The ASBO gull

One of the scariest films I’ve ever seen is Alfred Hitchcock’s The Birds. I was ten years old when I watched it with my childhood friend, M. Such was the psychological terror inflicted upon me by that movie, that after it ended, I had to get M’s dad to drive me home even though I only lived around the corner. It took me a while to get over the trauma of The Birds. That said, I’ve since encountered things that, let’s just say, have triggered memories of that film.

The best thing about spring is the lighter mornings. When the radio comes on at 6.30am I no longer wake up thinking I’m in a dark cave with Heart FM’s Club Classics bouncing off the walls. The spill of daylight makes me want to spring out of bed and sing, The Hills are Alive like Julie Andrews from The Sound of Music. Okay, that’s a stretch. What I’m trying to say is that these days I have the feeling that I could leap out of bed if I wanted to. There is, however, a downside to lighter mornings and it has something to do with a particular bird.

Spring cometh and so do the seagulls. En masse. And they are loud. They also breed like rabbits. I know this because we have a nest somewhere at the top of our chimney. When I was pregnant with my first child, I was convinced that a baby had been stashed in the chimney flue. Every morning around 5am I’d hear these heartbreaking whines echoing out of the fireplace. I thought it was some sort of sign associated with the growing bump within, but I couldn’t figure out what. It was only when I heard the ear-piercing shrieks of a seagull swiftly following these mournful cries, that I realised a nest of baby gulls lay somewhere on our rooftop. It’s been the same each spring and summer over the last five years, and given I now have children, I know what one sounds like when it’s crying – and it sounds nothing like a newborn chick. Clearly, pregnancy – the first time around at least – did something to my hearing.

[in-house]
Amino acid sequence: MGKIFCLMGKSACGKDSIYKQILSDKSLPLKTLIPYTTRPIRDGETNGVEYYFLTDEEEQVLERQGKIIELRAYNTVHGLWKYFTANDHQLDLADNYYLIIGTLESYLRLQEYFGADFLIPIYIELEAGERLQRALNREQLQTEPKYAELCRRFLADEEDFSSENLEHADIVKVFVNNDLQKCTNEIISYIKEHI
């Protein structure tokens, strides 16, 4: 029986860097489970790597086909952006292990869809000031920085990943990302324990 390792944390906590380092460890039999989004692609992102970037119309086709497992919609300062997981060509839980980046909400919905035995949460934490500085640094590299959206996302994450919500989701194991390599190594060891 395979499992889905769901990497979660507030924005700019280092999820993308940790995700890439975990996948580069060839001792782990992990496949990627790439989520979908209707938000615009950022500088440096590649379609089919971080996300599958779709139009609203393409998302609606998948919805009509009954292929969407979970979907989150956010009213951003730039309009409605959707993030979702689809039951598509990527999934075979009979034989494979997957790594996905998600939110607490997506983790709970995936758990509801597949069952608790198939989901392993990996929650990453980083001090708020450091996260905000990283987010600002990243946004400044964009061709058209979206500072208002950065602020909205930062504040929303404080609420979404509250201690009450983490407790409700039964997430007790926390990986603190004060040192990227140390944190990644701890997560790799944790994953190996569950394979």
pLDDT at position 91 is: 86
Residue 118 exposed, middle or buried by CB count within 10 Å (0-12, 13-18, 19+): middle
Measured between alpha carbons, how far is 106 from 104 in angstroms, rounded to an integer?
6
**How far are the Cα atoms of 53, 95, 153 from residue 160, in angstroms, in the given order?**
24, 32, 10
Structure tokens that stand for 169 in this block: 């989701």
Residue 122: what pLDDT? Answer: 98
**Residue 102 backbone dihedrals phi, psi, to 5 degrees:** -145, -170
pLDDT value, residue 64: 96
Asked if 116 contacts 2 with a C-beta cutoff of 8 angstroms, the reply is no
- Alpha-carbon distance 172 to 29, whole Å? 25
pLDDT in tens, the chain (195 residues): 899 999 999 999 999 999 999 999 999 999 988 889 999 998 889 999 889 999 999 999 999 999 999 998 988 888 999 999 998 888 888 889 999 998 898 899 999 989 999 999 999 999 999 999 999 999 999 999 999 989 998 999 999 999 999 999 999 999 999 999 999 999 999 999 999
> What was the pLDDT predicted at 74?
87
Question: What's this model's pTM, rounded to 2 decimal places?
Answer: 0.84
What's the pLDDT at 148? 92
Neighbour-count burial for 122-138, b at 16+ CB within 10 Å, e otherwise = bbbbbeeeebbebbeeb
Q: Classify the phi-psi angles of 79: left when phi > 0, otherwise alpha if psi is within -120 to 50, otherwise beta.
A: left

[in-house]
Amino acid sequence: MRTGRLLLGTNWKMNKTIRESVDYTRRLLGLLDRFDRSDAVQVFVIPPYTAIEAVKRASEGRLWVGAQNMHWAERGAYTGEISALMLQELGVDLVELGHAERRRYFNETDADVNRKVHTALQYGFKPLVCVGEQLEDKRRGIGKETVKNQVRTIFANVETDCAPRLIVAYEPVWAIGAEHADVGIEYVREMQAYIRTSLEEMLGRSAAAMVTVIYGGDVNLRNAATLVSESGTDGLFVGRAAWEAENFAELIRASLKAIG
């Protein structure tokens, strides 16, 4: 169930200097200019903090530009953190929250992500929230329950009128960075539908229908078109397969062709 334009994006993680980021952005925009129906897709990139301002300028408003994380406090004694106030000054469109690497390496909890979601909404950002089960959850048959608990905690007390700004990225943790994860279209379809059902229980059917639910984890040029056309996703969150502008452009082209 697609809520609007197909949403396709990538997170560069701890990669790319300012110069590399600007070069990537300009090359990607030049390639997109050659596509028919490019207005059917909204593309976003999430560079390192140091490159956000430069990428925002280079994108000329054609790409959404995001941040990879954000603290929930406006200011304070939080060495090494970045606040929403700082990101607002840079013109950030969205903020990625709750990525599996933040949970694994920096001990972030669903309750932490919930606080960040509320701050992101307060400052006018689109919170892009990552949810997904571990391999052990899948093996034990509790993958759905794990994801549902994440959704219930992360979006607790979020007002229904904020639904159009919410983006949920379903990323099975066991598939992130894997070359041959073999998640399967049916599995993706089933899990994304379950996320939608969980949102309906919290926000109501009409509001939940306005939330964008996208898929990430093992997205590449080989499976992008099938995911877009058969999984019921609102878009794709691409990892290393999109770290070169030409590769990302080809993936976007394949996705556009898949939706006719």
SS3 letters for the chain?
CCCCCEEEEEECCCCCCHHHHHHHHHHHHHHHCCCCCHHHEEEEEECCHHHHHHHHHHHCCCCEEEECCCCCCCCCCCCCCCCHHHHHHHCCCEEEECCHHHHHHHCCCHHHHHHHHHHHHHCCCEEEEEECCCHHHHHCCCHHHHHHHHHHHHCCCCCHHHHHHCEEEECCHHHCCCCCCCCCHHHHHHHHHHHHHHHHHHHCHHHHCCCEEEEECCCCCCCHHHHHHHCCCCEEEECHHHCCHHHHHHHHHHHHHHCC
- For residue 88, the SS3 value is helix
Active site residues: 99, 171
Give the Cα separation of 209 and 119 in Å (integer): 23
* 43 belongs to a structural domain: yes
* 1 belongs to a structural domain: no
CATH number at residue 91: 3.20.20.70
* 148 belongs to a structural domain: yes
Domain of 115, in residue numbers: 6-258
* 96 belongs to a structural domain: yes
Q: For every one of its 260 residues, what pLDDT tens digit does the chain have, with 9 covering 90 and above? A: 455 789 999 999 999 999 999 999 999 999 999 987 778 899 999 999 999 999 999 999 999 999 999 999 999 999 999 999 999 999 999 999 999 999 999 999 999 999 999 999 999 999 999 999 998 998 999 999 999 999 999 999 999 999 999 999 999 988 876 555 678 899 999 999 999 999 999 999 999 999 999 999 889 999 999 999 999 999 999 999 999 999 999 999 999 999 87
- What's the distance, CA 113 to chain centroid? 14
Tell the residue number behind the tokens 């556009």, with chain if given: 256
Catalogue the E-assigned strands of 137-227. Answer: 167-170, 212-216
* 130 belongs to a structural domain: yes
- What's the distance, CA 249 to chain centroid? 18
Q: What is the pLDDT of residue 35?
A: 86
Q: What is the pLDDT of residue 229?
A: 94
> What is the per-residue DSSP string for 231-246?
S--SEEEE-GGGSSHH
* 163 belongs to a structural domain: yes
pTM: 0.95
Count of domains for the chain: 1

Listening to the seagulls’ calls should remind me of my childhood memories growing up by the sea. They don’t. Unlike their placid, coastal cousins, central London urban gulls are the equivalent of the ASBO hoody. They hang around in gangs. They intimidate. They’re prone to sporadic acts of terror – episodes which my Better Half and I have witnessed. Tippi Hedren’s well-documented ordeal while filming The Birds hardly compares to our run-ins with these feathered beasts.

Run while you can ...